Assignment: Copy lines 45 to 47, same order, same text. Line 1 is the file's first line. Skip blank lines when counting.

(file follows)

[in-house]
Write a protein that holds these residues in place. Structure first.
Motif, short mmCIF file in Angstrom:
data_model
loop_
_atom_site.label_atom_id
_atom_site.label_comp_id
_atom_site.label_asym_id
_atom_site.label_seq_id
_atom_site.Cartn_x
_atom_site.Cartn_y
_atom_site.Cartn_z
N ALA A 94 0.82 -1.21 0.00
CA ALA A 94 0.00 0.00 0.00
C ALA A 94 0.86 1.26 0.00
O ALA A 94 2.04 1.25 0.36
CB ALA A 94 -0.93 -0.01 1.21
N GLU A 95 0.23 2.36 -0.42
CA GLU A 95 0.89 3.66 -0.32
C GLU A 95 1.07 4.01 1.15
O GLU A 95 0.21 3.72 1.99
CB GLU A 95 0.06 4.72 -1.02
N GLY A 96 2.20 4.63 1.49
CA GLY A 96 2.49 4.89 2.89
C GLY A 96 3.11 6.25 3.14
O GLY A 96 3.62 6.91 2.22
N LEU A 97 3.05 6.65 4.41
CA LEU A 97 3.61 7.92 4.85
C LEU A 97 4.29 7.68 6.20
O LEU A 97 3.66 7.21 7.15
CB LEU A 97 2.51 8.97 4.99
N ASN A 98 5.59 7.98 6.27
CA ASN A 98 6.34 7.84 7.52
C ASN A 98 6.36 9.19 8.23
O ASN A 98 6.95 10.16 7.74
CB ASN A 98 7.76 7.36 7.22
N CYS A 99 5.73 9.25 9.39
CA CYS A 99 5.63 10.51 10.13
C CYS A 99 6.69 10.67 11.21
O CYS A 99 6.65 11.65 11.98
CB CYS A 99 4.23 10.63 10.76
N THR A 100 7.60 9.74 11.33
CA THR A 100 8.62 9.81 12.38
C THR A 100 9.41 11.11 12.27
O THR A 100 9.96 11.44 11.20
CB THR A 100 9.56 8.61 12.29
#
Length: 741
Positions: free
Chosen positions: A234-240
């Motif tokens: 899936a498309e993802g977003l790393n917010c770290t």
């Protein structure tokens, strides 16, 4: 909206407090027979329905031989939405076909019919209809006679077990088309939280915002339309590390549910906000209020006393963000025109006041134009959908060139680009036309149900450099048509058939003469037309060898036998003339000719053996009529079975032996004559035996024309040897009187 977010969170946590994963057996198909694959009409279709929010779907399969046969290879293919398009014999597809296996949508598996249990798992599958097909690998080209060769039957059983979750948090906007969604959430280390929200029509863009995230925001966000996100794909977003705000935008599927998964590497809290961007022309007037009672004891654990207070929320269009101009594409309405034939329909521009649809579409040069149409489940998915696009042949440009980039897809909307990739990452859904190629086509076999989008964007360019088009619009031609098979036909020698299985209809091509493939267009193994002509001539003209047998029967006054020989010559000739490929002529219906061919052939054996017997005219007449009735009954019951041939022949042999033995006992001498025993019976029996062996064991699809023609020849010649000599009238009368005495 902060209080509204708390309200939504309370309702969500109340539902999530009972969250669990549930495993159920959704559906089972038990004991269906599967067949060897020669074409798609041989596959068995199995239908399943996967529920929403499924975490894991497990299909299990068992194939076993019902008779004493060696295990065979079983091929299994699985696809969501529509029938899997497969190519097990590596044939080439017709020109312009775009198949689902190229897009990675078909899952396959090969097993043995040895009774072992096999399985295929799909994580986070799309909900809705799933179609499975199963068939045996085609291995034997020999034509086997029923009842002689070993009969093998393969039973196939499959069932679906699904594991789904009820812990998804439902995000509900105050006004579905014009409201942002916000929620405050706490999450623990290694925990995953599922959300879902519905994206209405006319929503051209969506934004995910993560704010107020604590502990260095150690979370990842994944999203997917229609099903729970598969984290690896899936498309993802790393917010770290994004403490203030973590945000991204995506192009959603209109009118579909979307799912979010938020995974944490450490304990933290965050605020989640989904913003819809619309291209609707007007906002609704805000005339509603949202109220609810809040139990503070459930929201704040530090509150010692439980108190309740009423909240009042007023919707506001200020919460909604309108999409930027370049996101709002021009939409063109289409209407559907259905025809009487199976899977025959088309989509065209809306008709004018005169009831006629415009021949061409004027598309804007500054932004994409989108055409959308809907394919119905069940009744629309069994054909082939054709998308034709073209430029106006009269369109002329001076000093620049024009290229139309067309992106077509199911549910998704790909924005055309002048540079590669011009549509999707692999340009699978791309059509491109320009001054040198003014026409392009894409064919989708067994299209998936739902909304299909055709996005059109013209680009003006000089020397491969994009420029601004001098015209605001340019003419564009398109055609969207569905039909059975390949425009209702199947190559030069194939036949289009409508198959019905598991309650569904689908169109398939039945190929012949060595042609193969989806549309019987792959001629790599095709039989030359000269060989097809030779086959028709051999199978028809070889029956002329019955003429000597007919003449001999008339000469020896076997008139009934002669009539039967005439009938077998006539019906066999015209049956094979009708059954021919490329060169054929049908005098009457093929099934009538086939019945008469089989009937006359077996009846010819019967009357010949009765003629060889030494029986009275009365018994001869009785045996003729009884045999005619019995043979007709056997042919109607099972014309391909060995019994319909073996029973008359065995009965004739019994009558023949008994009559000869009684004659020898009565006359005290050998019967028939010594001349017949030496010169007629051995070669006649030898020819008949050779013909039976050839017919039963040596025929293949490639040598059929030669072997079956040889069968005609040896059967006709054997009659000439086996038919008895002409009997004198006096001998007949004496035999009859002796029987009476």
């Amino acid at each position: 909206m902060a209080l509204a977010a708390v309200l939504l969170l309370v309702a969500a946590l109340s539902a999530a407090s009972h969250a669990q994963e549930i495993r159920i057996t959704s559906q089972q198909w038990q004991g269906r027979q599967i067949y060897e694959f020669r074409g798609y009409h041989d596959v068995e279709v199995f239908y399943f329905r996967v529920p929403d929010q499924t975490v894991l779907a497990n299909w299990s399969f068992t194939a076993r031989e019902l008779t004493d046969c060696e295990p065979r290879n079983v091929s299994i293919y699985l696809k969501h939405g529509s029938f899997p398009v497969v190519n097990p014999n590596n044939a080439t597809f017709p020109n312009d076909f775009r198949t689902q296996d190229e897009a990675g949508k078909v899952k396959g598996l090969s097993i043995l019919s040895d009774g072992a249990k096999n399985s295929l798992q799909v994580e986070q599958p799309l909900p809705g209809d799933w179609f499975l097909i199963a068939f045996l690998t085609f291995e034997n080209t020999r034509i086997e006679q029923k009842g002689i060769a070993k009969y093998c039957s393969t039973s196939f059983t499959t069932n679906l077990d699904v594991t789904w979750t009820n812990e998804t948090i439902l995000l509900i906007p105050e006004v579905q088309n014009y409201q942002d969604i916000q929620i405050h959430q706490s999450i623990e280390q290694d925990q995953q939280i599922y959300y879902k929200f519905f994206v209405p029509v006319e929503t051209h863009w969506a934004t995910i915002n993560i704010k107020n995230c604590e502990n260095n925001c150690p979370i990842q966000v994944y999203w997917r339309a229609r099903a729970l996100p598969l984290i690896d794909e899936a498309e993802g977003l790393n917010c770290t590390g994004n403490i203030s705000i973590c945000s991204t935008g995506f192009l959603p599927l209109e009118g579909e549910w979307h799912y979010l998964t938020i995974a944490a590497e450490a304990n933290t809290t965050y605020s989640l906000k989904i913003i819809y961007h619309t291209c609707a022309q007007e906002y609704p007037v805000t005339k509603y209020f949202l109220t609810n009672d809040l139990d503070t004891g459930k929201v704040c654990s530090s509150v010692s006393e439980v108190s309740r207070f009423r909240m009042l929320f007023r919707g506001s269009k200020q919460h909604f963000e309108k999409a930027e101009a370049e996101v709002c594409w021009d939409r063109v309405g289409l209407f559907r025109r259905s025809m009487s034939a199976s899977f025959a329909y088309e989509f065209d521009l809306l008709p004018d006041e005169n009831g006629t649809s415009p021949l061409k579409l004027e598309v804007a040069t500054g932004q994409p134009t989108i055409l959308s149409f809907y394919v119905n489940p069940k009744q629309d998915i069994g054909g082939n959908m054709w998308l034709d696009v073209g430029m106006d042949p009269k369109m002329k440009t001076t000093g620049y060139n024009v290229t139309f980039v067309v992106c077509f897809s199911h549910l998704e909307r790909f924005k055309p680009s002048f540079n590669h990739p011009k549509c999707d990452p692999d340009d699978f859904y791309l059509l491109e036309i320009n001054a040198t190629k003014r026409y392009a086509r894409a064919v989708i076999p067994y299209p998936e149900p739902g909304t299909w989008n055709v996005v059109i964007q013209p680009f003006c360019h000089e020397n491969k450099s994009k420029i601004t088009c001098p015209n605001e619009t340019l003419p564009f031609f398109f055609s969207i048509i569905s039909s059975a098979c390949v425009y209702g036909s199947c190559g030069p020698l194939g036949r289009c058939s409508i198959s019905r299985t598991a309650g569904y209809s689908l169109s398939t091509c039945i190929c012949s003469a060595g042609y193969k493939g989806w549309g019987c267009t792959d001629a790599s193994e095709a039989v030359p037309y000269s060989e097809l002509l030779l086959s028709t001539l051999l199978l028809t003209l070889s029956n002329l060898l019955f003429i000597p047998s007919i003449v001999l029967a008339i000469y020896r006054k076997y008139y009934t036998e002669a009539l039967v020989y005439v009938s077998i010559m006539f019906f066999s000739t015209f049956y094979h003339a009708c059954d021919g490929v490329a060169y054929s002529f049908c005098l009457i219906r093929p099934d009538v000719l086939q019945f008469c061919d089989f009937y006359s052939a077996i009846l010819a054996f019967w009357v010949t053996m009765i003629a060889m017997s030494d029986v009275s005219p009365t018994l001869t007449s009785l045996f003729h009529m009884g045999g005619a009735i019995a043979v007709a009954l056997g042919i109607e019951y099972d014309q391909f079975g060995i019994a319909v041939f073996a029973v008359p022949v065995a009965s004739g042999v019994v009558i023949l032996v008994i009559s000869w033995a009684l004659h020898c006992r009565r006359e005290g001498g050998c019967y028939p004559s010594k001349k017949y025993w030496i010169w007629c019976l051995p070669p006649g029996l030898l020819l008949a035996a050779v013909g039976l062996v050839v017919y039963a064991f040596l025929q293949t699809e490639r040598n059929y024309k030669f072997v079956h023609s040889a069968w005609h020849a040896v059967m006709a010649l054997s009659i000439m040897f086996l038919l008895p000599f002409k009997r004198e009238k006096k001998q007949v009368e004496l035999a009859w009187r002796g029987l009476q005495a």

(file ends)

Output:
O THR A 100 9.96 11.44 11.20
CB THR A 100 9.56 8.61 12.29
#